Evolus plunged as much as 23% before closing down 8.9% to $3.67 in New York. The import ban will take affect after the completion of a 60-day presidential review period. Either President Donald Trump or, after Jan. 20, President-elect Joe Biden could veto the ban on public policy grounds, though such actions are rarely taken.
Representatives of Evolus didn’t immediately respond to a request for comment. Representatives of AbbVie and Daewoong didn’t immediately comment.
AbbVie’s Allergan unit and the South Korean drugmaker Medytox Inc. claimed that Jeuveau was developed using a stolen trade secret for a way to turn the deadly botulinum toxin into a wrinkle treatment. Evolus and Daewoong denied any theft or that any trade secret was involved, and argued the dispute didn’t belong before the U.S. agency.
The commission issued only a notice of its final decision. The full opinion will be available in a couple of weeks, after lawyers for both sides get a chance to redact confidential information.
The case was filed at the Washington agency in February 2019, days before Evolus received U.S. regulatory approval to sell Jeuveau, which is made in South Korea by Daewoong. It’s Evolus’s only product, generating $35.2 million in the nine months ended Sept. 30. Evolus has said an import ban could be “catastrophic” to the company’s future.
Hedging its bets on the outcome of the ITC decision, Daewoong and Evolus have been lobbying the Trump administration on the case.
While Jeuveau is cutting into Botox’s market share, the trade secrets at issue don’t involve the popular shot that’s been on the market since 1989. Instead, Allergan and Medytox claim a former employee handed over results of its research into a new process to make a new beauty treatment from the deadly toxin.
Medytox’s first botulinum toxin treatment began selling in Korea in 2006 and then it developed another, Innotox, in 2014. Medytox plans to sell a derivative of Innotox, known as MT10109L, in the U.S. with Allergan, but still hasn’t received U.S. Food and Drug Administration approval.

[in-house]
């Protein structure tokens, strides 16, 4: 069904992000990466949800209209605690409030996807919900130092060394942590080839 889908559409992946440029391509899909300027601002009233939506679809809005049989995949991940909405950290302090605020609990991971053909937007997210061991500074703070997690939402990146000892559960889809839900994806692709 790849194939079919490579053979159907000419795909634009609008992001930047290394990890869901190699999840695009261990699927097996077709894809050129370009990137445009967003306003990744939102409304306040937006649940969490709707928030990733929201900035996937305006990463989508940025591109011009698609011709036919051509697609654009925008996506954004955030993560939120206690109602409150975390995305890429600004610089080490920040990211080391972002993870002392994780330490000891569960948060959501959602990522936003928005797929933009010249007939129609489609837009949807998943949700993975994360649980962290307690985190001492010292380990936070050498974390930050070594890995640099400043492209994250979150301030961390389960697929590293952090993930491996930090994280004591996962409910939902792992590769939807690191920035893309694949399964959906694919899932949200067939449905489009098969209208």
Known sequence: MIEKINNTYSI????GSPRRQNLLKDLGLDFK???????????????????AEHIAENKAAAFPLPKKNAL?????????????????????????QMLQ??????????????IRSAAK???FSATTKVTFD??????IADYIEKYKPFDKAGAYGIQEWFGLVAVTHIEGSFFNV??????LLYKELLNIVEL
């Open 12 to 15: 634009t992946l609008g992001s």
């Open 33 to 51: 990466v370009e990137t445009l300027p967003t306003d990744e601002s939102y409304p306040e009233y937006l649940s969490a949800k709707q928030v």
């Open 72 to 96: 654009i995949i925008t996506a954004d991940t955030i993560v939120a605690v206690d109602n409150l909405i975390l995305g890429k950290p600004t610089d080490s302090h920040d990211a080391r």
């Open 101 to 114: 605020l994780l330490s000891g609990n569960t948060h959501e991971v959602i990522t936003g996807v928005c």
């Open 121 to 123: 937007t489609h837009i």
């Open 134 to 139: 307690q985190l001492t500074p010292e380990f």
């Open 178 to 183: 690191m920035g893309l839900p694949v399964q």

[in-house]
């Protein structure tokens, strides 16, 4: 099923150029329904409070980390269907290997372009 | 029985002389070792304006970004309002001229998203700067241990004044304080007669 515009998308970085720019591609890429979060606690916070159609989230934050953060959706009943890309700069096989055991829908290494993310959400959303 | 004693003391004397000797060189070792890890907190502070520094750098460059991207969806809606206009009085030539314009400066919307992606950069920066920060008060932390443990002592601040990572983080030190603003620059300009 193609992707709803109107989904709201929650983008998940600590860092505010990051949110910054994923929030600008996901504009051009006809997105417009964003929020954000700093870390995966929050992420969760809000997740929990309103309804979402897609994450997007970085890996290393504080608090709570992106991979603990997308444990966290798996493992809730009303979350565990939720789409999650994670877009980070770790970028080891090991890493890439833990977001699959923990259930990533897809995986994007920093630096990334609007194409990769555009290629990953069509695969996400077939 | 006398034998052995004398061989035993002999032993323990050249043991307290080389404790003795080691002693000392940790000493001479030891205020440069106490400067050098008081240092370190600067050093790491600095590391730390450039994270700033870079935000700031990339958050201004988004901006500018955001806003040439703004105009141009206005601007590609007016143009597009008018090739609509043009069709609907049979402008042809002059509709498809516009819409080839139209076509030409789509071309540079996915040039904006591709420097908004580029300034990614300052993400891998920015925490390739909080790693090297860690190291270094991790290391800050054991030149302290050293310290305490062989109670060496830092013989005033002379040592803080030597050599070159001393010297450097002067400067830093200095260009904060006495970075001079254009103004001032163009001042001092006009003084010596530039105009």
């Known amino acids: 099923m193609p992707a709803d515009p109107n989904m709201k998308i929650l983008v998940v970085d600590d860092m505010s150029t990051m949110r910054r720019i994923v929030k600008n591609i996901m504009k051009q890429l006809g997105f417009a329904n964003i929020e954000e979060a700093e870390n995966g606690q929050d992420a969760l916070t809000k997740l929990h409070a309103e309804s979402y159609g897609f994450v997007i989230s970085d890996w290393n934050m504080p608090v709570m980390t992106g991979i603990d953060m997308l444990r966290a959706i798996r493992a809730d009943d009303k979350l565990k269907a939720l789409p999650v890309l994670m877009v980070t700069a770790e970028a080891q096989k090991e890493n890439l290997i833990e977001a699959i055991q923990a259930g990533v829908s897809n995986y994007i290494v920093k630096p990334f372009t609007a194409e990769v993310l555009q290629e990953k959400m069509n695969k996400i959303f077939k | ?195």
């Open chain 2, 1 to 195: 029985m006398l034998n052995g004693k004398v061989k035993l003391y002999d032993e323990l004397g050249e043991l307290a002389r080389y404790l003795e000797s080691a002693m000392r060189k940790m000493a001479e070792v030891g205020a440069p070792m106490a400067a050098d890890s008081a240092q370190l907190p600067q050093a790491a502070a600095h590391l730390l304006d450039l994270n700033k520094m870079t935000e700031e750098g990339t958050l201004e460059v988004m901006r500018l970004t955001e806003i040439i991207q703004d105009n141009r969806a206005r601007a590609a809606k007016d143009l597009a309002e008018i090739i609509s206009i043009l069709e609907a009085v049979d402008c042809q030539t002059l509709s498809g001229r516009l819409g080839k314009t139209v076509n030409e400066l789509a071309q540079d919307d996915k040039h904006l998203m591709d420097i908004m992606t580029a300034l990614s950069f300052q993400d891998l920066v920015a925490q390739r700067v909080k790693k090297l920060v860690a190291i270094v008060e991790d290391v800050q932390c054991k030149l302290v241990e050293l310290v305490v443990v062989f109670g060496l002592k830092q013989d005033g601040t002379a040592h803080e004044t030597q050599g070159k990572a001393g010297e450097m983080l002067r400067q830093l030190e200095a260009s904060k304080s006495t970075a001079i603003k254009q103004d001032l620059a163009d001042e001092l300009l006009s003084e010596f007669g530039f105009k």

Medytox argued that Daewoong copied the strain and development process used in the newer treatments. Agency staff, who act as a third party in these cases on behalf of the public, sided with Medytox and Allergan.
Daewoong, in an August filing, claimed Allergan paid Medytox $300 million in an “anticompetitive” agreement to forgo entering the U.S. market with its earlier treatment, to protect Botox.
An import ban “would grant Allergan this competitive windfall despite the undisputed fact that no intellectual property having to do with Botox was ever misappropriated,” Daewoong said.
A key issue for the commission was whether it has the authority to act in the case. Evolus and Daewoong argued that it’s a dispute over Korean trade secrets allegedly stolen in Korea that’s being reviewed by Korean courts, so an American trade agency shouldn’t be stepping in.
Allergan and Medytox said the stolen secrets were used to create “a product that is specifically targeted at disrupting and gaining a substantial share” of the U.S. market, which puts the case in the ITC’s jurisdiction.
More than four dozen dermatologists wrote in support of Evolus, saying patients prefer Jeuveau because of its performance, duration, and lower price over the “800-pound gorilla” of Botox.
The case is In the Matter of Certain Botulinum Toxin Products, Complaint No. 337-1145, U.S. International Trade Commission (Washington).
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